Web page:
Local business leaders will receive help from a new training scheme to build networks and grow their companies' presence in South-east Asia. The Asean Leadership Programme was announced by Finance Minister Heng Swee Keat yesterday, when he also highlighted more employment support for lower-and middle-income workers.
Workers need to develop deep skills to take Singapore forward and maintain the economy's competitiveness as Asia is poised to offer more opportunities, he said.
"There must be depth in whatever we do because this gives us the foundation to innovate, and the ability to compete," he added.
The Government will continue to work with companies to help workers stay relevant and develop cross-cultural skills, he said.
Corporate leaders, in particular, need to have the know-how to drive the transformation of their businesses and industries, an expertise the new Asean scheme aims to develop in them.
An International Enterprise (IE) Singapore spokesman said more details on it will be given in April, ahead of its expected launch in the second half of the year.
The scheme aims to arm top-level managers with in-depth understanding of business cultures, emerging opportunities and business strategies in Asean.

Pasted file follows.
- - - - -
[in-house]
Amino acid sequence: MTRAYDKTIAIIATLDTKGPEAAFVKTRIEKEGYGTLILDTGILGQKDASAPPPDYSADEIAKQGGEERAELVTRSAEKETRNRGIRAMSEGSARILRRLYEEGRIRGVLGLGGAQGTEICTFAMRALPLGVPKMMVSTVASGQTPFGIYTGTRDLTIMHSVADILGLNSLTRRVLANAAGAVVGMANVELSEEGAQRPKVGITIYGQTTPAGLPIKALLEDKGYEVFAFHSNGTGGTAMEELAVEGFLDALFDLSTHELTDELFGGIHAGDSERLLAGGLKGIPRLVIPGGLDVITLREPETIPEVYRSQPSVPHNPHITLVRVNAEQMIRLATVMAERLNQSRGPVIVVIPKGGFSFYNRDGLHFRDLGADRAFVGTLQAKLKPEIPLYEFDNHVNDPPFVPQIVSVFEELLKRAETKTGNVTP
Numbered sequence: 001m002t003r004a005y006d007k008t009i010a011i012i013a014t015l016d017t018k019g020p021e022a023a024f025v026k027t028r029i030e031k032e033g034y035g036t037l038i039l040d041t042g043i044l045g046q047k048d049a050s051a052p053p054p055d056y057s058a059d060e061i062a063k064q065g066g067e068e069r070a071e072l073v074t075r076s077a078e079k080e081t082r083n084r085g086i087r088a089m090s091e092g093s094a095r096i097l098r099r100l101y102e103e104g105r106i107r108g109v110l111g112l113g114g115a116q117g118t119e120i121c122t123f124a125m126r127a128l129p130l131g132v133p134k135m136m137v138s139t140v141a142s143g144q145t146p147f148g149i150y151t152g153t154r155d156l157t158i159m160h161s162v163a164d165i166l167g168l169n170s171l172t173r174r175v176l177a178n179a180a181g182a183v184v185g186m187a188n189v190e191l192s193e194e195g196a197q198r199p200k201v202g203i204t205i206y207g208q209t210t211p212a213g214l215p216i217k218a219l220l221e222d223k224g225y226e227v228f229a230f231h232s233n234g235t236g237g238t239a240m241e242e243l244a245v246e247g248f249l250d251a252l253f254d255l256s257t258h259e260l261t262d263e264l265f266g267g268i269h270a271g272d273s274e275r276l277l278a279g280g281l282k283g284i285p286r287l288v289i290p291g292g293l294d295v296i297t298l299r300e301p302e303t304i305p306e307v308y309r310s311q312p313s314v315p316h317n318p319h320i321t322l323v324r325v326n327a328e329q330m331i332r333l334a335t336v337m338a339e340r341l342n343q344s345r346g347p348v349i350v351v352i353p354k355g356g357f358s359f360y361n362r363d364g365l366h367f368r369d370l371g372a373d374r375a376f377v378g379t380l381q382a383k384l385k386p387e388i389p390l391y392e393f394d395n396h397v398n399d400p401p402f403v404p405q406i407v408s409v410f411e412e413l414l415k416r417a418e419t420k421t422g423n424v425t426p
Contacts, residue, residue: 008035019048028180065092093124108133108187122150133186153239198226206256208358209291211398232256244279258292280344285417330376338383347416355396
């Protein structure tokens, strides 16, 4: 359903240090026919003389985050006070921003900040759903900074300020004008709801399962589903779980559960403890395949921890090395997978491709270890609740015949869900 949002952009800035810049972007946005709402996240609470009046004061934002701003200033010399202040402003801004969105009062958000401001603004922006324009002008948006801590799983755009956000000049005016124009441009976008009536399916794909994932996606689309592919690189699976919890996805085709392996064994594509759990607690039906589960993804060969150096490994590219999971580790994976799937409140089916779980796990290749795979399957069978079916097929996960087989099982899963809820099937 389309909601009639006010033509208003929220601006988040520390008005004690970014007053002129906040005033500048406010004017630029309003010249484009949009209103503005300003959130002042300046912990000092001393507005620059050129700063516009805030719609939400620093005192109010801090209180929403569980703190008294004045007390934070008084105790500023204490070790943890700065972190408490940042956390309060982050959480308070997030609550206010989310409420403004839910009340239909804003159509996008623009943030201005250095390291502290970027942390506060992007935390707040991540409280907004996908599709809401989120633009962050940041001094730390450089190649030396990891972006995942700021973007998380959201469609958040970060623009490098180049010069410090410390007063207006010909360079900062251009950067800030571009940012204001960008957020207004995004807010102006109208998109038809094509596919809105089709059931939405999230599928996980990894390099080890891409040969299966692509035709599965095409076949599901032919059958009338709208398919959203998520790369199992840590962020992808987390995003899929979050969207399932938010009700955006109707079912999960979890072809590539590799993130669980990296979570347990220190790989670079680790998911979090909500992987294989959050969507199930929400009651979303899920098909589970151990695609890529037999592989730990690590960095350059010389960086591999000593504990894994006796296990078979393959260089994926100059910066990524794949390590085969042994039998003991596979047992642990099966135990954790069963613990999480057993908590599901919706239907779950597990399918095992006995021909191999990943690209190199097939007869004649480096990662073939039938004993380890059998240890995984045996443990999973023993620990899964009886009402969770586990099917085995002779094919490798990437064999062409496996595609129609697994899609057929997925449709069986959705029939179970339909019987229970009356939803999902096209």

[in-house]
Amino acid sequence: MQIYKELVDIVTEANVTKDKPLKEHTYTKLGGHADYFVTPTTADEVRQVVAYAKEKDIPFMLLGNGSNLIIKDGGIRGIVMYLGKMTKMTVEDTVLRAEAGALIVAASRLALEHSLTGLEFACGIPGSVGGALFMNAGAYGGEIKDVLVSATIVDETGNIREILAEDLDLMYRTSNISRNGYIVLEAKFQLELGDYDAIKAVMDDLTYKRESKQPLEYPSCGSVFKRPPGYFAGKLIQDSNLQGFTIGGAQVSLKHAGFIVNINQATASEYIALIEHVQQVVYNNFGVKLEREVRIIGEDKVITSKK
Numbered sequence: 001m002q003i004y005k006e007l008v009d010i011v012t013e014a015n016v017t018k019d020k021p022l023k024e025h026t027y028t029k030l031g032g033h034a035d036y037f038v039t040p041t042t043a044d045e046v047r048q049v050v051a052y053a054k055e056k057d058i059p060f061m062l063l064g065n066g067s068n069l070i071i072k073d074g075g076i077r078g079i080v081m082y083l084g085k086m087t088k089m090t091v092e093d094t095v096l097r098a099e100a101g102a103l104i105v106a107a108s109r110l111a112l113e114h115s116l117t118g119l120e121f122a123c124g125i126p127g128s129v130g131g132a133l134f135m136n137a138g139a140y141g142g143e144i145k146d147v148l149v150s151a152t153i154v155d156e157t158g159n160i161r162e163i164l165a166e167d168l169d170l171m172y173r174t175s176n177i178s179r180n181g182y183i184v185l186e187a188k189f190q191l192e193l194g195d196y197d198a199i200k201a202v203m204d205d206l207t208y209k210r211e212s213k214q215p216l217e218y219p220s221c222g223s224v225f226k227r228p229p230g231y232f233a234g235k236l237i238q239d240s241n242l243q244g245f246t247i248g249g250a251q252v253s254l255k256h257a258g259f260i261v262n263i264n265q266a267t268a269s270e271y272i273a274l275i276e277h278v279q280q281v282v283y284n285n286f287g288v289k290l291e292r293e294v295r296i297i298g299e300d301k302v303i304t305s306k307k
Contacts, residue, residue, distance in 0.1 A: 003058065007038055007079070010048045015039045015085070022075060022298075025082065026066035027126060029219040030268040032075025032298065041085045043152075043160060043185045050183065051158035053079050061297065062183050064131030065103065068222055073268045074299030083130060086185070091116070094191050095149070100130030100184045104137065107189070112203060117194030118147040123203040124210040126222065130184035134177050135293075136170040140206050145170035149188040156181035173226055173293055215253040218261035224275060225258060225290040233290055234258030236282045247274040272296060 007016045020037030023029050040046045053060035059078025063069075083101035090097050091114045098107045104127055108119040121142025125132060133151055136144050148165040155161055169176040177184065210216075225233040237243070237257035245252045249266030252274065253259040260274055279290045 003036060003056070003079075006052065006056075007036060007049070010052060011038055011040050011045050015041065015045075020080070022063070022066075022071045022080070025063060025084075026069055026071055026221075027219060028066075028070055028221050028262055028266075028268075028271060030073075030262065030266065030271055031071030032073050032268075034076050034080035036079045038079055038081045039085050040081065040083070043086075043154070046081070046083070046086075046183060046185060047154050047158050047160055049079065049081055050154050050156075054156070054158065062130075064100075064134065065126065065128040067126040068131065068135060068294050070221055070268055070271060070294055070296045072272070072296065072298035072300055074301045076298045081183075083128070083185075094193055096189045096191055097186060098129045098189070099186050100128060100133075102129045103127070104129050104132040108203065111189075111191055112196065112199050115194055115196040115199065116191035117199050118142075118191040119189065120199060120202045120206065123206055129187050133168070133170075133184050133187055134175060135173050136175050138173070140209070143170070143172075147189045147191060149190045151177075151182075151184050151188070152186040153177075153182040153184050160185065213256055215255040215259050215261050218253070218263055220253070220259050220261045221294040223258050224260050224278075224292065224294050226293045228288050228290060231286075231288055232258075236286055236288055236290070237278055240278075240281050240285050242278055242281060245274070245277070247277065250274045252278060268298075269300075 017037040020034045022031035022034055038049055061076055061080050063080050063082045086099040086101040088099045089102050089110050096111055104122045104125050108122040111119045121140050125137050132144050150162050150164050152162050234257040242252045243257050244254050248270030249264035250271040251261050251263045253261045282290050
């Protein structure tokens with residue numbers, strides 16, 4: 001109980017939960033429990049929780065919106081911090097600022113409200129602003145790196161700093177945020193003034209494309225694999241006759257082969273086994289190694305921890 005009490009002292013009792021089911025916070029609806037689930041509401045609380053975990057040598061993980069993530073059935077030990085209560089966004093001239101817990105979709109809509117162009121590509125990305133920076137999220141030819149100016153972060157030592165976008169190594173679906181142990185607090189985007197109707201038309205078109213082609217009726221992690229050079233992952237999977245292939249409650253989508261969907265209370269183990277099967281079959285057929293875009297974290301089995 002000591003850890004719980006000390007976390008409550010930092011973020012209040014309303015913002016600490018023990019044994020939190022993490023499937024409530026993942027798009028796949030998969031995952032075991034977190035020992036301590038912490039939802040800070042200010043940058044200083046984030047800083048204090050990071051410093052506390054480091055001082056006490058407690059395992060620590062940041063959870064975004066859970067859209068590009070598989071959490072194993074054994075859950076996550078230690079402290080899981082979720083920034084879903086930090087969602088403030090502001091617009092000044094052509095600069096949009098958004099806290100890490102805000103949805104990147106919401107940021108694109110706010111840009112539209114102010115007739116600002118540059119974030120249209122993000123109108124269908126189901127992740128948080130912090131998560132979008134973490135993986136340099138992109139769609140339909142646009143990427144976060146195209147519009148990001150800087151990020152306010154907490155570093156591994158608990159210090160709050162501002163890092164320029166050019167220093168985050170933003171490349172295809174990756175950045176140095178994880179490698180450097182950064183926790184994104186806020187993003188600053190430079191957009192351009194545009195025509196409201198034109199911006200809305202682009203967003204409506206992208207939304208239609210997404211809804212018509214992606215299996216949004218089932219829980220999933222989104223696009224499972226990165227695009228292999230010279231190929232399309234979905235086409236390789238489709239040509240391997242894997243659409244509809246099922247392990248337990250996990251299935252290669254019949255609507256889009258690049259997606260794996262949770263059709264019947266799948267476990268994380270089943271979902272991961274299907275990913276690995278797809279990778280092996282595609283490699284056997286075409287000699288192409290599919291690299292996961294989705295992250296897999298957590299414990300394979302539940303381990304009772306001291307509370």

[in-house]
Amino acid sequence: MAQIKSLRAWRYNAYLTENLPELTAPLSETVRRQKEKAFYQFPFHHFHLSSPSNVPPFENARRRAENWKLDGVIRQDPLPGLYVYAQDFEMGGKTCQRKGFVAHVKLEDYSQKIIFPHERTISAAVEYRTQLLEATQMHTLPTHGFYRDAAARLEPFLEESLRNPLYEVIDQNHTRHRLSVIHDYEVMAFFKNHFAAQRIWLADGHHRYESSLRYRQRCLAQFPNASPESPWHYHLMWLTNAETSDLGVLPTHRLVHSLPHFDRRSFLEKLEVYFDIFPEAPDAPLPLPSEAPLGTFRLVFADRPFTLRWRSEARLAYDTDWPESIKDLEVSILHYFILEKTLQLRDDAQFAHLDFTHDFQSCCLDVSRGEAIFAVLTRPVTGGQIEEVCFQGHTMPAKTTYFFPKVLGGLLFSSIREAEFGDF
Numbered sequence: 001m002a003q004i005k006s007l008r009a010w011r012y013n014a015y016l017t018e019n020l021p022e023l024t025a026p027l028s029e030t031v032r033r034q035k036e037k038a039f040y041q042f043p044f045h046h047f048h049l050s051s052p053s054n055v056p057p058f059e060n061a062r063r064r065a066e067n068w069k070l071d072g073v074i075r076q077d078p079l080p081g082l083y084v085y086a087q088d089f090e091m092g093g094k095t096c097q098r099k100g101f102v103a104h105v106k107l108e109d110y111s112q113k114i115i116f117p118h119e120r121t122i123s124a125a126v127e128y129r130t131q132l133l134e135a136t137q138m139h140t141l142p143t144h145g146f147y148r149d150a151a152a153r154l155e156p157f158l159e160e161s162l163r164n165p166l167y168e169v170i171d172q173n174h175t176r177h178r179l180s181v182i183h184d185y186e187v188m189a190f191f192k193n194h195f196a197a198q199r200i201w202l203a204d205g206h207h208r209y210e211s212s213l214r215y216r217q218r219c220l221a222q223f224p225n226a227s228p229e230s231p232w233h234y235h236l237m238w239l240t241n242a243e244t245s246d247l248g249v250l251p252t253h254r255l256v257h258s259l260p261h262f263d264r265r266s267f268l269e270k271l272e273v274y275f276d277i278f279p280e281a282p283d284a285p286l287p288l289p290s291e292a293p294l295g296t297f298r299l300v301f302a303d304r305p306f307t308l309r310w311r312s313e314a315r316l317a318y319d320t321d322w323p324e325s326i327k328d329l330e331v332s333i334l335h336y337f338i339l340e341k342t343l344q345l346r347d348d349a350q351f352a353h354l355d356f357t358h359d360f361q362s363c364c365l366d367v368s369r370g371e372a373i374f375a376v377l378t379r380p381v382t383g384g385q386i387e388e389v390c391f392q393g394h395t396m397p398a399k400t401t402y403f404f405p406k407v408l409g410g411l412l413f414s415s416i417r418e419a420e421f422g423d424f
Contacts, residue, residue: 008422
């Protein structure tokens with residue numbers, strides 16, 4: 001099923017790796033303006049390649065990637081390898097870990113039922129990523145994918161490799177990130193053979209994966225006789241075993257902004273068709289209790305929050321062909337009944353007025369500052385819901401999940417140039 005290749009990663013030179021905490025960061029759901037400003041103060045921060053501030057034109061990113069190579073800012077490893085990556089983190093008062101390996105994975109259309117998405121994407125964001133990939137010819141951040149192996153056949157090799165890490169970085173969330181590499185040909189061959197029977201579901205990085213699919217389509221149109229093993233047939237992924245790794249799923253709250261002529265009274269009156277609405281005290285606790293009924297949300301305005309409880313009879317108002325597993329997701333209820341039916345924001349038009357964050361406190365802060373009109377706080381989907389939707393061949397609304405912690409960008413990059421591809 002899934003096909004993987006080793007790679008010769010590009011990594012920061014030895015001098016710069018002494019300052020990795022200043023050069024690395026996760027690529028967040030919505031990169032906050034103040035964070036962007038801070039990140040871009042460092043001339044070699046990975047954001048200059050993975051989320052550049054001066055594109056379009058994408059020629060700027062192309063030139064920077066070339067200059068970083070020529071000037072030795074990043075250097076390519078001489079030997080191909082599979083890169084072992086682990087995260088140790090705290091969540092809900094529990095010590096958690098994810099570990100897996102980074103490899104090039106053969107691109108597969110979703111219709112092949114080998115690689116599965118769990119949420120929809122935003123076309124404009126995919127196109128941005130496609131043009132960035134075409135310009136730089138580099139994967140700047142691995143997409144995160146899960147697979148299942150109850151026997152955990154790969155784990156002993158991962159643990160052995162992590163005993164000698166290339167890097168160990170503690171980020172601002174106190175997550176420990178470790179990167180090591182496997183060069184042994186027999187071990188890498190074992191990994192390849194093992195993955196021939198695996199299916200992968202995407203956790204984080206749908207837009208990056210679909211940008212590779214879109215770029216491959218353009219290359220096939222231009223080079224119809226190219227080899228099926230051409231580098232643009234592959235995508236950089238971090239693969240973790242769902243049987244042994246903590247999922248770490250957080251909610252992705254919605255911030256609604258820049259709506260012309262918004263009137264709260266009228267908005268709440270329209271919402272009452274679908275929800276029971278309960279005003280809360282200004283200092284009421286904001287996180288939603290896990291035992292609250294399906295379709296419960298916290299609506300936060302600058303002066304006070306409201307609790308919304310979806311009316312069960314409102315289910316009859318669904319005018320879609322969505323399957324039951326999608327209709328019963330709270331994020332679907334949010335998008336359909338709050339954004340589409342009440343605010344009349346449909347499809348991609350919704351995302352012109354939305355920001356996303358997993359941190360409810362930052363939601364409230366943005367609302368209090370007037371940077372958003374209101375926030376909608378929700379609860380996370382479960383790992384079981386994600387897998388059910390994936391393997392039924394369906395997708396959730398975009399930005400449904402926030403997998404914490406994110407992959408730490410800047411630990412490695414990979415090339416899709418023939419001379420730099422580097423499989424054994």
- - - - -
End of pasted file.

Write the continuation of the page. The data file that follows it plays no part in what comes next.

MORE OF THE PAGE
It is part of the Economic Development Board's SkillsFuture Leadership Development Initiative, which aims to expand the skills of potential leaders for global roles. Firms have committed to train almost 200 Singaporeans under the initiative since last year.
The Singapore Business Federation (SBF) and Singapore Management University will jointly introduce in the second quarter of this year a pilot initiative to help leaders of small and medium-sized enterprises transform their companies.
To help lower-and middle-income workers, a new Career Trial scheme will give them higher funding to try out new jobs and assess new careers amid the fast-changing work environment.
This is an upgrade of the existing Work Trial scheme, which pays rank-and-file workers a training allowance for up to three months and gives them a bonus if they stay at the job for at least three months after the trial.
Mr Heng said more details on Career Trial will be given in the upcoming debate on the Manpower Ministry's budget.
An update will also be given during the debate on the Capability Transfer Programme, which subsidises the cost companies incur in bringing in foreign experts to transfer skills to local trainers and trainees.